Shift In The Wind
It may be too early to predict an avalanche of paid media from Republican groups and the Cruz camp, but any uplift in ad outlays will be welcome news to publishers, tech firms and political consultants who had braced for a major windfall this election season – and found themselves largely disappointed.
The uncertainty in the race put many of the biggest conservative spenders “in a holding pattern,” said Jaime Bowers, digital advertising director at the Republican ad agency National Media.
“The primary dollars have been disappointing from the digital side at least,” she said.
“In 2012, you had the Romney super PAC and other entities spending heavily across everything: search, social and display,” said Ryan Coyne, CFO of the conservative news company Independent Journal Review. “We’d love to be seeing tens of millions of dollars going to digital every month, but that’s just not the race we’re in.”
It isn’t that super PACs never stepped into the race. They spent $200 million combined in support of Jeb Bush and Rubio. But by the time Bush suspended his campaign in February, his primary super PAC, Right to Rise, had spent $25,000 on ads attacking Trump out of a total $85 million media budget.
Though the fight for delegates and jurisdictions provides a reason to raise funds and buy media, the ad buys are often so targeted that the overall investment can remain pretty small.
Lieberman has a client running anti-Trump ads, but ads are only running in districts where Trump’s edge is vulnerable. Additional targeting then narrows the pool further, to just 1 to 3% of likely voters in that district. Political groups love the voter precision, and are willing to pay higher CPMs for their audiences, but with so few people in a segment there often just aren’t many ads to buy.
Mair said she’s looking at a different model of targeting and media than in the past. For example, she’s eschewed traditional favorites like local news and cable TV in favor of reality TV shows aimed at men.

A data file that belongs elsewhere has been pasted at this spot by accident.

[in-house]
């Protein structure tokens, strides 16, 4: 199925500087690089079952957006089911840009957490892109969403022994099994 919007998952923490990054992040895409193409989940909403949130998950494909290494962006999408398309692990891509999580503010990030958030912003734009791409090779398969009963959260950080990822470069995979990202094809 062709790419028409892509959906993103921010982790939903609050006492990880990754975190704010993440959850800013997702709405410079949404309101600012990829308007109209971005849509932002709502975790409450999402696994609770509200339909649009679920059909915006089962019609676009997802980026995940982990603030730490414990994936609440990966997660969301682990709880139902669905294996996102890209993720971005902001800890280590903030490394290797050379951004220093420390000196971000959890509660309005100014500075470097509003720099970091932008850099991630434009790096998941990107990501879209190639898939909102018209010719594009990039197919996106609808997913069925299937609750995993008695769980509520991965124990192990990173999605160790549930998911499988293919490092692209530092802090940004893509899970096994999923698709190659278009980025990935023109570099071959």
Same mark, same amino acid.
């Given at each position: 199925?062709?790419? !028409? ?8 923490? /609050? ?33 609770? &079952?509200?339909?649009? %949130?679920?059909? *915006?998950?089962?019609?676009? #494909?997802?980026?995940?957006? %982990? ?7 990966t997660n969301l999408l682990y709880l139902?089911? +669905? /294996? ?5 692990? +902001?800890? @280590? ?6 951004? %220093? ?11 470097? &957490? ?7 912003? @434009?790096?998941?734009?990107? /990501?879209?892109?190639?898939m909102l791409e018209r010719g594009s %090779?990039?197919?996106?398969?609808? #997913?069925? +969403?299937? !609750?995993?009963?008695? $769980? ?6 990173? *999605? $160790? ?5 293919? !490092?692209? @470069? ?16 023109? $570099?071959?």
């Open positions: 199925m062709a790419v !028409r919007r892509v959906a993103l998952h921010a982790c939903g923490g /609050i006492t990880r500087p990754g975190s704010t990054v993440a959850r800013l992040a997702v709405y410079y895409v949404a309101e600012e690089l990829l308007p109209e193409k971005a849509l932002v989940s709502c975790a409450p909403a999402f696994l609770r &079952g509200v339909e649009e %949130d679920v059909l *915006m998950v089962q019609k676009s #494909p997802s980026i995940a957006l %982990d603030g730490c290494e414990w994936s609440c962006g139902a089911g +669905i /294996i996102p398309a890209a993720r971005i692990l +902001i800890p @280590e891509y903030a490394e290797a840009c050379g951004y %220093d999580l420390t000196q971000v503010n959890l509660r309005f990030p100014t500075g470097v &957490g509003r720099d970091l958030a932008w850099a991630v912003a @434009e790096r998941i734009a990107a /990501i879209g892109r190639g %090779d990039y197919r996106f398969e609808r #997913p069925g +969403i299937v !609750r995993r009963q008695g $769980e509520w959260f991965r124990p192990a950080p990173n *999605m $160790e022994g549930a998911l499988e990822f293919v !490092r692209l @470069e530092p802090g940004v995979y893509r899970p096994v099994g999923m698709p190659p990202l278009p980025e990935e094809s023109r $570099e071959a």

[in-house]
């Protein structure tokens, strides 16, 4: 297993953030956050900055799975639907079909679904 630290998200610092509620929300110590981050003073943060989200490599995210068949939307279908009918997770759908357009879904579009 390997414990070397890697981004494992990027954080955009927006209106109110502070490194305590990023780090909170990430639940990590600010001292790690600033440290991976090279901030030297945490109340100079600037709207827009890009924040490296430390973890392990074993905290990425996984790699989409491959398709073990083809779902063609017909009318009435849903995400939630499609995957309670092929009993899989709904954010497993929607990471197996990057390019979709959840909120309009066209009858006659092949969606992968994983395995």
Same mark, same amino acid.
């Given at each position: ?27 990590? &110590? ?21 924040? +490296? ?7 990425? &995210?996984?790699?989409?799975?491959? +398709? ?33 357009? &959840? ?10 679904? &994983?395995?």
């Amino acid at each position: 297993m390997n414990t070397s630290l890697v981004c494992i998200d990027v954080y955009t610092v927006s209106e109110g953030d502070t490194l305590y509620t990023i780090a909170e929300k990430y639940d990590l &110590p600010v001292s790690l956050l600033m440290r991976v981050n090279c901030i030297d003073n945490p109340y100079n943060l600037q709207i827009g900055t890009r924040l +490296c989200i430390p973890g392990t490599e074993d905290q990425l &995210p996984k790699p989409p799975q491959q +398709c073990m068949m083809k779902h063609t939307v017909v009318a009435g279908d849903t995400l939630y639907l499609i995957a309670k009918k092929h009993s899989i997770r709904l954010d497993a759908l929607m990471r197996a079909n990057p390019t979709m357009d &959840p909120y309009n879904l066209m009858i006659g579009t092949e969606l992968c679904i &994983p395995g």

“That’s the analysis on where to find voters who are inclined toward Trump,” she said.
This is the point in the race when general election audience models would be getting put in place, which makes the uncertainty on the Republican side a meaningful disadvantage.
“Depending on the nominee, you’re looking at different activation audiences on either side,” said Peter Pasi, a GOP media consultant and VP at Collective, adding that those audiences will be particularly difficult to reach because they’re nontraditional voter sets.
Unfortunately, these audience models have to be built ahead of time – and at some cost, when you consider the polling, analytics and consulting hours that go into them.
“The challenge for Republicans is there’s a very good chance this goes to the convention, so creating the Trump model now is risky in terms of investment,” said Lieberman. “[Cruz] attracts the traditional Republican base but not swing voters. But Trump fans are more of a libertarian-authoritarian model.”
The Trump campaign is rippling throughout the Republican ticket as well.
“There’s more than one election happening in November,” sad Pasi. “Thirty-four senators are up, all 435 House members, attorneys general and all the down-ballot races.”
Said Lieberman, “I talked to four or five congressional candidates in the past day and a half asking me, ‘How do we handle Trump voters?’
“Having a model for that is really important if he is the nominee, but these candidates are terrified.”